Community Research and Development Information Service - CORDIS


Magnetic_PCR — Result In Brief

Project ID: 327151
Funded under: FP7-PEOPLE
Country: Spain

Novel breast cancer diagnostics

European researchers utilised nanotechnology and molecular techniques to develop innovative sensors for breast cancer detection.
Novel breast cancer diagnostics
Breast cancer comprises one of the most frequent types of cancer encountered in women. If diagnosed early, breast cancer has a nearly 90 % five-year survival rate.

To aid prompt detection of breast cancer, scientists on the EU-funded MAGNETIC_PCR (Magnetic-PCR: An ultrasensitive methodology for breast cancer detection and characterization) project proposed to develop an ultrasensitive methodology based on novel biosensors. These could classify breast cancer subtypes by detecting expression of specific genes.

Researchers constructed novel sensors that relied on the magnetic relaxation switch (MRS) methodology - a combination of relaxometry and magnetic resonance imaging (MRI). This technique would help in visualisation of DNA or RNA molecules within a sample. The advantages of the approach include point-of-care applications, the use of radiofrequency radiation rather than light, and the use of solution phase chemistry.

The DNA in the sample was initially detected through superparamagnetic nanoparticles containing oligonucleotide primers complementary to breast cancer subtype-specific sequences. Subsequently, polymerase chain reaction (PCR) method was employed to amplify the minute amounts of DNA in the biological samples and strengthen the signal. Finally, the nanoparticle-DNA aggregates were detected by magnetic resonance.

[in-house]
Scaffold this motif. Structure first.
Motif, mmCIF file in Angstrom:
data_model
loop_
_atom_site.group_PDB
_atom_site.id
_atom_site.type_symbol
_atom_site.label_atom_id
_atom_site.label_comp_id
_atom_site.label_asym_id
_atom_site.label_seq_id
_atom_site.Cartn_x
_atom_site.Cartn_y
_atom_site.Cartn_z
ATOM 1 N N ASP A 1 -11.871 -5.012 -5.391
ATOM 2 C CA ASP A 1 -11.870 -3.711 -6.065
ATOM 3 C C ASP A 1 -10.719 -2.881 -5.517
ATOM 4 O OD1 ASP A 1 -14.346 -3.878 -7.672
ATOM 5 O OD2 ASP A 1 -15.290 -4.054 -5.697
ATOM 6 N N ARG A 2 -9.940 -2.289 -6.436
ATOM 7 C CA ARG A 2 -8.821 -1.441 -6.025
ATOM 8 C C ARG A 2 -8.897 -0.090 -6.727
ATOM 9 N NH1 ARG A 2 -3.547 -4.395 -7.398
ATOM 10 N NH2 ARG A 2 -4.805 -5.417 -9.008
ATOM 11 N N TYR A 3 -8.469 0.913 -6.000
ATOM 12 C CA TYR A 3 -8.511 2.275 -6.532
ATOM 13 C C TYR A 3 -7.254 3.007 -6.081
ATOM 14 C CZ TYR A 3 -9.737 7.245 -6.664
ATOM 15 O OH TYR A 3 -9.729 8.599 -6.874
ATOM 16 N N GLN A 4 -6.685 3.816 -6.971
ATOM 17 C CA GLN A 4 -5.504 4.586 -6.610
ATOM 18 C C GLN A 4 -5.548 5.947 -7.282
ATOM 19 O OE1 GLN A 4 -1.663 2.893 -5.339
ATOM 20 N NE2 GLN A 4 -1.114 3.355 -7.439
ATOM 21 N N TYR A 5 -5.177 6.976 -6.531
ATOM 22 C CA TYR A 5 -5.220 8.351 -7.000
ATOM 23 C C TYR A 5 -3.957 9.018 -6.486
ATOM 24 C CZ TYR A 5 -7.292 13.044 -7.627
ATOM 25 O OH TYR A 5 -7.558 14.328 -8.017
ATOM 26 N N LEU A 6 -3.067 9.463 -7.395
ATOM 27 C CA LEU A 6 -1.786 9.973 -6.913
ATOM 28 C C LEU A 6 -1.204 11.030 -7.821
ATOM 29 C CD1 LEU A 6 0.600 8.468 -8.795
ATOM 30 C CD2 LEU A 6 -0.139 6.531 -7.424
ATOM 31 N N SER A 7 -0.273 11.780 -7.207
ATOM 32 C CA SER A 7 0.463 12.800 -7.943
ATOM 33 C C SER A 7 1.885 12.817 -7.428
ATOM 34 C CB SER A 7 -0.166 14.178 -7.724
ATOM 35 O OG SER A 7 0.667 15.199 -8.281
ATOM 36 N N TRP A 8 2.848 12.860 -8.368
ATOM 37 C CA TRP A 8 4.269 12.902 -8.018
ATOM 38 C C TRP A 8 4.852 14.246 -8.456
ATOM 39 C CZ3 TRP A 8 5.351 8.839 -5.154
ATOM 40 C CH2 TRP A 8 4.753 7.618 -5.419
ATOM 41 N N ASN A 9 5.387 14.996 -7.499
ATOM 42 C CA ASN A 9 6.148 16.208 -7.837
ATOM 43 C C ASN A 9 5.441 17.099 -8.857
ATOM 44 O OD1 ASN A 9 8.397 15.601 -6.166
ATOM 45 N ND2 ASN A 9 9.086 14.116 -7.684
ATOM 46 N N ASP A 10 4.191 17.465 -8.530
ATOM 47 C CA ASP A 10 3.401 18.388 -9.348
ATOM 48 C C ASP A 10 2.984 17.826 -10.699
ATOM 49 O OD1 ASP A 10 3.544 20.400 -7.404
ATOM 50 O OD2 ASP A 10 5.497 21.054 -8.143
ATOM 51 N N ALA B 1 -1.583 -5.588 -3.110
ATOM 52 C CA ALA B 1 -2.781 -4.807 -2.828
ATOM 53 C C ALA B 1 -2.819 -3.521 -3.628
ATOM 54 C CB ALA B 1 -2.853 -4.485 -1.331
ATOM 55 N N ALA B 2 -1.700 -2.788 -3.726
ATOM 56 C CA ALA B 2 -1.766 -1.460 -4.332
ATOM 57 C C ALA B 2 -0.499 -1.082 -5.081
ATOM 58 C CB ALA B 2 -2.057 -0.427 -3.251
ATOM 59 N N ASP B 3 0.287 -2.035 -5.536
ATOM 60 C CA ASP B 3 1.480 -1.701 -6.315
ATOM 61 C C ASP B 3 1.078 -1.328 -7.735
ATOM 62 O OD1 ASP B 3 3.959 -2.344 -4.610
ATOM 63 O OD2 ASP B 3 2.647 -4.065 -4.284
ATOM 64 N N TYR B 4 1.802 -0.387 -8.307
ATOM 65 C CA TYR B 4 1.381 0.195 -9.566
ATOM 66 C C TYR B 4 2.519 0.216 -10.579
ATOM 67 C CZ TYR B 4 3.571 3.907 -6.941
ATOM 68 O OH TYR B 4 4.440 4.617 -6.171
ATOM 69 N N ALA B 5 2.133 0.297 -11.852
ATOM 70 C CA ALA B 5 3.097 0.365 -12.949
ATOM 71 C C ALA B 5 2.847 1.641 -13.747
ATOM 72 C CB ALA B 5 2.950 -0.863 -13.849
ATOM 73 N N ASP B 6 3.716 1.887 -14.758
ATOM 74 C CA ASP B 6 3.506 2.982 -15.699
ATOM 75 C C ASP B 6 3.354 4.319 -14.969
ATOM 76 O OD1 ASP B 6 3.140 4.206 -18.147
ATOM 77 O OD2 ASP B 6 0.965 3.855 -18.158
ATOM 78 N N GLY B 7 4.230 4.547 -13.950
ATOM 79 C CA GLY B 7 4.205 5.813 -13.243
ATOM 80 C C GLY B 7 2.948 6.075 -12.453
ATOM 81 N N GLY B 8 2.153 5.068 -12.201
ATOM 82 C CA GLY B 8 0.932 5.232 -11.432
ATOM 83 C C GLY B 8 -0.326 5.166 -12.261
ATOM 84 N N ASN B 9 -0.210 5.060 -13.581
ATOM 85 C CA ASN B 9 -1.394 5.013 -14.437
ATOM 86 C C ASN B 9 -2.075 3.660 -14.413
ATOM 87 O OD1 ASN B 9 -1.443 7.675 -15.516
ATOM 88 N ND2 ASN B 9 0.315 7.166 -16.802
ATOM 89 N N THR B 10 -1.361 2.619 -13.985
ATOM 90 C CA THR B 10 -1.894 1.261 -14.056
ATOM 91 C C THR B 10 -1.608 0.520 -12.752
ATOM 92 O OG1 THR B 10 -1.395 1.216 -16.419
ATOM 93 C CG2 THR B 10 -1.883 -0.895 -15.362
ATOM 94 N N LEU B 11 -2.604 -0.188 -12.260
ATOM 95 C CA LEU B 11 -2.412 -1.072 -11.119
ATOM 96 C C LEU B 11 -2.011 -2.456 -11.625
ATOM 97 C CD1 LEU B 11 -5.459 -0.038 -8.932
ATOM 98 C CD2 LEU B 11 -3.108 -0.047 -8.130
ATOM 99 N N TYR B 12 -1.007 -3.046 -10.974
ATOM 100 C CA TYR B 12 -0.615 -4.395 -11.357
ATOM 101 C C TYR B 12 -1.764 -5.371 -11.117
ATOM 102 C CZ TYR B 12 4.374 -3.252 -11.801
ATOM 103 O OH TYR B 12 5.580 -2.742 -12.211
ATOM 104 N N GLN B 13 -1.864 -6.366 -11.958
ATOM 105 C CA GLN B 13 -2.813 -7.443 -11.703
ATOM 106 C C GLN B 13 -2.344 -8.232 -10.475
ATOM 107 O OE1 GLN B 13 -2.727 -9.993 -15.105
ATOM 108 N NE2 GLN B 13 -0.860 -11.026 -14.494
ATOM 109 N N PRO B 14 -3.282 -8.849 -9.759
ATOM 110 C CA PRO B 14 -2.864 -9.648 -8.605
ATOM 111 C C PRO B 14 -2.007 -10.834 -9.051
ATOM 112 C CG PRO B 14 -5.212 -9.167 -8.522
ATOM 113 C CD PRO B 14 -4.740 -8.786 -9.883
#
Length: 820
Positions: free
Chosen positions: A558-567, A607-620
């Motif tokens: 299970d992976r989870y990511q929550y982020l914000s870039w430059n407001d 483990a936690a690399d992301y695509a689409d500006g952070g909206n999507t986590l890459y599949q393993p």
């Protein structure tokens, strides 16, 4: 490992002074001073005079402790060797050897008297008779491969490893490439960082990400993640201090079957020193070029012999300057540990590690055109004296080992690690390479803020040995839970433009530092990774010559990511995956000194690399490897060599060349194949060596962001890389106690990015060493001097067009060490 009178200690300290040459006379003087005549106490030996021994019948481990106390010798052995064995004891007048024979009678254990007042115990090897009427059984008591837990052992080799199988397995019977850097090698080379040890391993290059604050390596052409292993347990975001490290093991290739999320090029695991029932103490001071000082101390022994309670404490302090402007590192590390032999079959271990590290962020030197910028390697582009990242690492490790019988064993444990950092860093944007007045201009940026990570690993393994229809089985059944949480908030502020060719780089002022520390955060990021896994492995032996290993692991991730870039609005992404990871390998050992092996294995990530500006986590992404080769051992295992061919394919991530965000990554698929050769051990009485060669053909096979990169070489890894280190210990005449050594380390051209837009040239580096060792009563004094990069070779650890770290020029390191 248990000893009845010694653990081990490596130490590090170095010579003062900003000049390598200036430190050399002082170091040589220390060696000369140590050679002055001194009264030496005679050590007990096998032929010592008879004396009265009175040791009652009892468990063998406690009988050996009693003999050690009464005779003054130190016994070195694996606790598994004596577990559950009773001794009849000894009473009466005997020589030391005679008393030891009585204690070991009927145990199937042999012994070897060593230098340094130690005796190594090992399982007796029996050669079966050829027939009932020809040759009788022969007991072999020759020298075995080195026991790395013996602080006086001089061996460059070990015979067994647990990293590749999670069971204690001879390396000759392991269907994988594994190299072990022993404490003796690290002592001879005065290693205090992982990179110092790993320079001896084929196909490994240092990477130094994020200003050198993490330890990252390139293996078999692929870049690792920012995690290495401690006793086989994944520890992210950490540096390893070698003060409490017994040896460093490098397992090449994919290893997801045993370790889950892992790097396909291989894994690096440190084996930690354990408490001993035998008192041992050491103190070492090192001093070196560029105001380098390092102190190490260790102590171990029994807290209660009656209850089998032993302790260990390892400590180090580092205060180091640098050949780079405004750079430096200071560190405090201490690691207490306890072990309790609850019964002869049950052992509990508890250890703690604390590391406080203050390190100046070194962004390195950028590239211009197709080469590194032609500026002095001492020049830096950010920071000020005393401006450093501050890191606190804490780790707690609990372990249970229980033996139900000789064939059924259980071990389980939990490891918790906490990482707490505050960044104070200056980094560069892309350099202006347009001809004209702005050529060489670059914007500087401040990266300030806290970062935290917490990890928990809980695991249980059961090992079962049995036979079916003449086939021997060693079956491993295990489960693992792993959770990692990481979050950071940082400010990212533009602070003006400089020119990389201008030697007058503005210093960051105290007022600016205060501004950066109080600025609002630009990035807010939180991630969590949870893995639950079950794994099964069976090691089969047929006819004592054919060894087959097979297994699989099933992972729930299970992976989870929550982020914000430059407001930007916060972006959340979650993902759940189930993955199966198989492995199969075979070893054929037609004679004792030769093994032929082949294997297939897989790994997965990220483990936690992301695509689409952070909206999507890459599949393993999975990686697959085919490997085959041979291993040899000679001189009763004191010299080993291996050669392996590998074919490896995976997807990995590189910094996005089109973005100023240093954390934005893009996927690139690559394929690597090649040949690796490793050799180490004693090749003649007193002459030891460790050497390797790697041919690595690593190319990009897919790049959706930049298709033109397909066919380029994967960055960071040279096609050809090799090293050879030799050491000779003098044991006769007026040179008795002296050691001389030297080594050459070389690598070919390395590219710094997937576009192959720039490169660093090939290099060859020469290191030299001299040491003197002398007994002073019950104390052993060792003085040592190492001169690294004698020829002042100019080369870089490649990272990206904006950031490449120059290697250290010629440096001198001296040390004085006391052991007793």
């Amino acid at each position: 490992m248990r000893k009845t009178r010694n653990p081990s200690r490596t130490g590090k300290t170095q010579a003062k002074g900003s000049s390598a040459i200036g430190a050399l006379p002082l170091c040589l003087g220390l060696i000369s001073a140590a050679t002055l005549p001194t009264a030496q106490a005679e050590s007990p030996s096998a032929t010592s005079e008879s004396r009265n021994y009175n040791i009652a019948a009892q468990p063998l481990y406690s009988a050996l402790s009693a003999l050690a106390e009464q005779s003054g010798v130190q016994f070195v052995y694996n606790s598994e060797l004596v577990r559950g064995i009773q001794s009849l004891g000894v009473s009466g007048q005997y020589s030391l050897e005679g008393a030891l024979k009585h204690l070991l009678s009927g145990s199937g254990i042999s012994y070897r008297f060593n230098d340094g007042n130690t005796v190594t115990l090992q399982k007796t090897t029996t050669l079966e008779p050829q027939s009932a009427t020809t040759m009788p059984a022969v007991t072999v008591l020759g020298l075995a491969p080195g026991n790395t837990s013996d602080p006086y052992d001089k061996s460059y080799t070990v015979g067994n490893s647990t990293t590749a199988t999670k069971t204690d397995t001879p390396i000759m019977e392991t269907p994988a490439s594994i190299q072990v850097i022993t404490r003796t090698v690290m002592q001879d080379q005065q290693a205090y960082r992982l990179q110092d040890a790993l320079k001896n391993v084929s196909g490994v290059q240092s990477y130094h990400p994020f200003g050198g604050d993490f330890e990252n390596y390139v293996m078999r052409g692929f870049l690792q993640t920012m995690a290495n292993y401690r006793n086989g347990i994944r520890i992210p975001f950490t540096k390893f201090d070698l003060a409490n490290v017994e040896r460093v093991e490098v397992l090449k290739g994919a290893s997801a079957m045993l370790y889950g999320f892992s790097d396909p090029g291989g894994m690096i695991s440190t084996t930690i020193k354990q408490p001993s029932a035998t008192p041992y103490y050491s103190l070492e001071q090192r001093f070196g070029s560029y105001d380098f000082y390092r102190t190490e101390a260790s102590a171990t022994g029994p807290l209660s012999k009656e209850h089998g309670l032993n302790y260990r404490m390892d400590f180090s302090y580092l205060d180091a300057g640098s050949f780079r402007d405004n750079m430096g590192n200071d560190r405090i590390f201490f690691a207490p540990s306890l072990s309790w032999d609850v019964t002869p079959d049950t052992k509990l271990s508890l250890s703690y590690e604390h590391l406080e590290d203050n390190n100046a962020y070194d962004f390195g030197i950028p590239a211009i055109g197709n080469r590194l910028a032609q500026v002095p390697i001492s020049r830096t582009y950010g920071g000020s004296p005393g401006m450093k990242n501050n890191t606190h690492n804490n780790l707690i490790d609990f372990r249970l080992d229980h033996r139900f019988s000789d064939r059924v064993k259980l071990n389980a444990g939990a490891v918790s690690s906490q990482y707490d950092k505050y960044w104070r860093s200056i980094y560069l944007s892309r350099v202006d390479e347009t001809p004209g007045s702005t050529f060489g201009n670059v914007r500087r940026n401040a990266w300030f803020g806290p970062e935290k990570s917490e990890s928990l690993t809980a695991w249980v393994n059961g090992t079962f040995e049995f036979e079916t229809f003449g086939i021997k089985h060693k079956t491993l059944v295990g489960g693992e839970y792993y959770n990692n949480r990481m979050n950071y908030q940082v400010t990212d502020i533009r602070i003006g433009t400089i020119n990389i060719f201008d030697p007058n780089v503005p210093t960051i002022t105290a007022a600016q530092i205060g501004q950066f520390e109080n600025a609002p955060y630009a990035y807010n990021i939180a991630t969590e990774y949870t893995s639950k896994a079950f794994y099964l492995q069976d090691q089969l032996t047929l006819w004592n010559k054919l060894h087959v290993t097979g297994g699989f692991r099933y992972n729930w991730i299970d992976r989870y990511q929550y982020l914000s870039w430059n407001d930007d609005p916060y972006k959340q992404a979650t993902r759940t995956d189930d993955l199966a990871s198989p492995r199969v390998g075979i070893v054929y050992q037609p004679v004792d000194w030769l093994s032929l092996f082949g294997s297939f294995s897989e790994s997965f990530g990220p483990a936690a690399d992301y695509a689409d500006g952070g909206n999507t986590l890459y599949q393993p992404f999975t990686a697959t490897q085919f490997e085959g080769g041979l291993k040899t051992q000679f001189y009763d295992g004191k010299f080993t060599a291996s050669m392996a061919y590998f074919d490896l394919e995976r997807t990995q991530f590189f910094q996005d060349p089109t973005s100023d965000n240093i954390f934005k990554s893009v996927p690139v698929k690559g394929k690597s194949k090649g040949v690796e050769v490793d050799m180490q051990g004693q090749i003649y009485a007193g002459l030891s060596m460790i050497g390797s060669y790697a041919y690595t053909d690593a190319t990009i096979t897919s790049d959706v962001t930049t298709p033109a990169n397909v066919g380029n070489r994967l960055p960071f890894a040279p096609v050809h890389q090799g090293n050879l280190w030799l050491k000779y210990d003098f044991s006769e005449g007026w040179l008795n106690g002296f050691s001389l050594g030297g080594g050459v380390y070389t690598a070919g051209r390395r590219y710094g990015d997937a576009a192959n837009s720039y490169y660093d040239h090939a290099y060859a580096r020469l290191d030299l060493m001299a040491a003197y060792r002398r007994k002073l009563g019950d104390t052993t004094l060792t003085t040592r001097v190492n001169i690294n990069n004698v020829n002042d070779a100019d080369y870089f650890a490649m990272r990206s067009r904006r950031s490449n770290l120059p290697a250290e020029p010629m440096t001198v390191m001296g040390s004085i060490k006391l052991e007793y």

Project activities entailed the optimisation of the magnetic nanoparticles to improve the sensitivity and selectivity of the method. Scientists considered a number of design factors to enhance the detection of the nanoparticle-DNA aggregates by PCR and MRI. Robust protocols for PCR analysis with magnetic nanoparticles were also developed.

The overall success of the MAGNETIC_PCR method was due to the detection method, which avoided potential post-amplification contaminations. Implementation of this assay at the point of care could advance breast cancer subtyping, a crucial parameter for better therapy outcome.

Related information


Breast cancer, nanoparticles, relaxometry, magnetic resonance, DNA, PCR
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